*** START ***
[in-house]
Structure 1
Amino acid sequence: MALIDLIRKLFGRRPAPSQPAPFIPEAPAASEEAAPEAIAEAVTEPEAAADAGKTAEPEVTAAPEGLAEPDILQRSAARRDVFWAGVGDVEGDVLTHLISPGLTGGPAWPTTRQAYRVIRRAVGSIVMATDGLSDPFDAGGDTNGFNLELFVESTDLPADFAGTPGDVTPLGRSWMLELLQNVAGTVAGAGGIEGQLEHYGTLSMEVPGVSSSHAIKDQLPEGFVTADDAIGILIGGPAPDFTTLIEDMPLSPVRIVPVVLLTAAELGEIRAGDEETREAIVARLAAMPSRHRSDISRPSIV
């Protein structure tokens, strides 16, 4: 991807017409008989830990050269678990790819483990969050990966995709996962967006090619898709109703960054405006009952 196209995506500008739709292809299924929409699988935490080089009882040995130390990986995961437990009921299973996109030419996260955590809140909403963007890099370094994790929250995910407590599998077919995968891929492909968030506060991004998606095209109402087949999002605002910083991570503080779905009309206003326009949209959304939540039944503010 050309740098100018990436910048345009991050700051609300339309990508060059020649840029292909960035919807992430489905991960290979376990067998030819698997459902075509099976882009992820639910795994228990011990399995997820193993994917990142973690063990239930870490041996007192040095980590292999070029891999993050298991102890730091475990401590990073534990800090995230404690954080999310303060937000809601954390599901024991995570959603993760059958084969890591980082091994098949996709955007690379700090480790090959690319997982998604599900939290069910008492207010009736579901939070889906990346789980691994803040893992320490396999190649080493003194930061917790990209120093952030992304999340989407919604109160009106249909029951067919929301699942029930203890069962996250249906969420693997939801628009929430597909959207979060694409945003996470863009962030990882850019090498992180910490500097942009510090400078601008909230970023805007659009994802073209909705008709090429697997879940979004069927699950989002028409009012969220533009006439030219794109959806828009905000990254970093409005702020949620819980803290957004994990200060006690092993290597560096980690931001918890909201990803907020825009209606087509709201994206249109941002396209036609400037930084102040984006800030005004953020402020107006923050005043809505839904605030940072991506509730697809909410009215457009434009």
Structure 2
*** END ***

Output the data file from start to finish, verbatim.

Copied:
[in-house]
Structure 1
Amino acid sequence: MALIDLIRKLFGRRPAPSQPAPFIPEAPAASEEAAPEAIAEAVTEPEAAADAGKTAEPEVTAAPEGLAEPDILQRSAARRDVFWAGVGDVEGDVLTHLISPGLTGGPAWPTTRQAYRVIRRAVGSIVMATDGLSDPFDAGGDTNGFNLELFVESTDLPADFAGTPGDVTPLGRSWMLELLQNVAGTVAGAGGIEGQLEHYGTLSMEVPGVSSSHAIKDQLPEGFVTADDAIGILIGGPAPDFTTLIEDMPLSPVRIVPVVLLTAAELGEIRAGDEETREAIVARLAAMPSRHRSDISRPSIV
């Protein structure tokens, strides 16, 4: 991807017409008989830990050269678990790819483990969050990966995709996962967006090619898709109703960054405006009952 196209995506500008739709292809299924929409699988935490080089009882040995130390990986995961437990009921299973996109030419996260955590809140909403963007890099370094994790929250995910407590599998077919995968891929492909968030506060991004998606095209109402087949999002605002910083991570503080779905009309206003326009949209959304939540039944503010 050309740098100018990436910048345009991050700051609300339309990508060059020649840029292909960035919807992430489905991960290979376990067998030819698997459902075509099976882009992820639910795994228990011990399995997820193993994917990142973690063990239930870490041996007192040095980590292999070029891999993050298991102890730091475990401590990073534990800090995230404690954080999310303060937000809601954390599901024991995570959603993760059958084969890591980082091994098949996709955007690379700090480790090959690319997982998604599900939290069910008492207010009736579901939070889906990346789980691994803040893992320490396999190649080493003194930061917790990209120093952030992304999340989407919604109160009106249909029951067919929301699942029930203890069962996250249906969420693997939801628009929430597909959207979060694409945003996470863009962030990882850019090498992180910490500097942009510090400078601008909230970023805007659009994802073209909705008709090429697997879940979004069927699950989002028409009012969220533009006439030219794109959806828009905000990254970093409005702020949620819980803290957004994990200060006690092993290597560096980690931001918890909201990803907020825009209606087509709201994206249109941002396209036609400037930084102040984006800030005004953020402020107006923050005043809505839904605030940072991506509730697809909410009215457009434009």
Structure 2